It may be hard to imagine that an ad offering "Welder b-tonis" - something with no connection to reality - would get clicks from potential customers.
But in a lawsuit claiming Google rakes in billions of dollars from fraudulent clicks, a business owner claims the hits on two nonsensical ads he created show that click fraud is rampant on Google ads.
Google declined to comment on the lawsuit.
Plaintiff Gurminder Singh of Vacaville, Calif., who is seeking class-action status for his suit, said he had been paying Google for online advertising since 2008, but early last year he began to suspect his ads were being "fraudulently manipulated" by third parties. An unusual number of clicks led to no "conversion," or follow-through, such as an online purchase or a call to a business, Singh claimed.
"Plaintiff's suspicions regarding the propriety of the clicks on his AdWords ads were based on an increase in a number of total clicks on each ad coupled with a decrease in the number of attendant conversions associated with the overall increase," the lawsuit said.
Singh said he had started advertising with Google after he learned through his research that the Mountain View digital-advertising powerhouse "promises to protect consumers from fraudulent clicks."
Fake clicks are a problem for advertisers, who get charged by Google according to the number of times an ad is clicked.
Fraudulent clicks may originate from competitors hoping to drive up rivals' costs, or from the owners of websites publishing pay-per-click ads, who make more money the more those ads are clicked.
The lawsuit points toward "click farms" - groups of workers paid very little to click on ads - and "click bots," or software programs that do the clicking.
Google, Singh said in his complaint, told customers that it catches the "vast majority" of invalid clicks, and that fake clicks accounted for fewer than 10 percent of all AdWords hits.
However, he claimed, "Google has a very limited incentive to reduce third-party click fraud, because it, like the third-party website publisher, benefits from each additional click, even if such click is fraudulent."
Google's failure to deal with click fraud "has increased its profits by billions each and every year," Singh claimed.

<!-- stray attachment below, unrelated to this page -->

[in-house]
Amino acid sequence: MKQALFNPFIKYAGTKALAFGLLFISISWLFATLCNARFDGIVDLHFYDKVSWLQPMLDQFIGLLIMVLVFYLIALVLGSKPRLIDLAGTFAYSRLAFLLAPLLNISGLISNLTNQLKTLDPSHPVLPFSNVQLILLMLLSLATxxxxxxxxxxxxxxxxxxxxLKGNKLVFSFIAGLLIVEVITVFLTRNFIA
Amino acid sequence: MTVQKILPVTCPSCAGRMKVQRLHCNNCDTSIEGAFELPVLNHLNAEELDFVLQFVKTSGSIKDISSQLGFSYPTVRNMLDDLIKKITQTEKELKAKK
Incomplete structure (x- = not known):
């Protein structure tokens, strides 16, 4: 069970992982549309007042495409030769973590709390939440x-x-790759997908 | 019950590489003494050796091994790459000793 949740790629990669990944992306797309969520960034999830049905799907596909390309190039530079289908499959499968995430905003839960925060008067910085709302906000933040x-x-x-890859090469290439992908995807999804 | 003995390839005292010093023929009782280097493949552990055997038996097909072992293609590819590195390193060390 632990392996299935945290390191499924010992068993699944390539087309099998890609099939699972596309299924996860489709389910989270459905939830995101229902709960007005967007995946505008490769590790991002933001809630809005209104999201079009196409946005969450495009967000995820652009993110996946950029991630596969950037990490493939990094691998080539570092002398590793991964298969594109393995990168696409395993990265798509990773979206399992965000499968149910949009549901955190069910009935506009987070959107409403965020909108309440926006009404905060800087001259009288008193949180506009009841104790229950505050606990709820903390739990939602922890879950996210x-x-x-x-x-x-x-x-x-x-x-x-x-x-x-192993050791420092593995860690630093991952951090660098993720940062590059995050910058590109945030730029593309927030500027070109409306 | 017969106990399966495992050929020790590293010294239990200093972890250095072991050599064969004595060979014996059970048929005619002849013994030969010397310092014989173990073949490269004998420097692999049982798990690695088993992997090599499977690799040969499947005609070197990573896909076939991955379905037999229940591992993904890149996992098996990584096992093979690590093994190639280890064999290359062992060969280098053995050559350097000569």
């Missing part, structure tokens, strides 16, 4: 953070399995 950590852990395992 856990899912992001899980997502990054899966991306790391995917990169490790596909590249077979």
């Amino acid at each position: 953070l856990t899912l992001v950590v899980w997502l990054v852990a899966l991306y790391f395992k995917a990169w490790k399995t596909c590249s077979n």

To test whether there was substance behind his suspicions, Singh designed an experiment in which he twice created both a real ad and a gibberish ad and compared the number of clicks received.
Results for his ad touting "Excellent Graphic Designs Local USA Artist Designs Custom Made Wedding Invites" were compared to those from "Welder b-tonis Welders we'll take your left over B-tonis and produce nice designs."
The real ad got 68 clicks, the fake ad 64, delivering a fraudulent click rate of 48 percent, Singh claimed.
Google, on a web page about invalid clicks, says it uses automated systems to filter them out, and investigates any complaints from advertisers.
"Clicks that are deemed to be invalid by our online monitoring systems are discarded in real time and these discarded clicks are not charged to advertisers," Google says.
"When invalid activity is found through offline analysis and reactive investigation, we mark those clicks as invalid and issue credits to any advertisers affected by this activity."
Singh had filed the lawsuit in July. This month he learned that San Jose U.S. District Court Judge Beth Freeman wasn't going to allow his experiment as evidence. In a hearing May 11 in which Google sought to have the case dismissed, Freeman said she'd never had a case where a plaintiff introduced such an experiment, and that it wouldn't fly in any court, Law360 reported.
Google's lawyer, in attempting to get the case spiked permanently, said none of the company's statements were misleading or deceptive, and that the figure of 10 percent for invalid clicks was based on Google's historical experience, according to Law360.
But Freeman elected to give Singh another chance, saying that in an amended complaint he "could find out how many (invalid-click claims from advertisers) Google processes, and then compare those numbers to experts' estimates to try to determine if a significant portion of click fraud is being passed on to advertisers."
©2017 The Mercury News (San Jose, Calif.)
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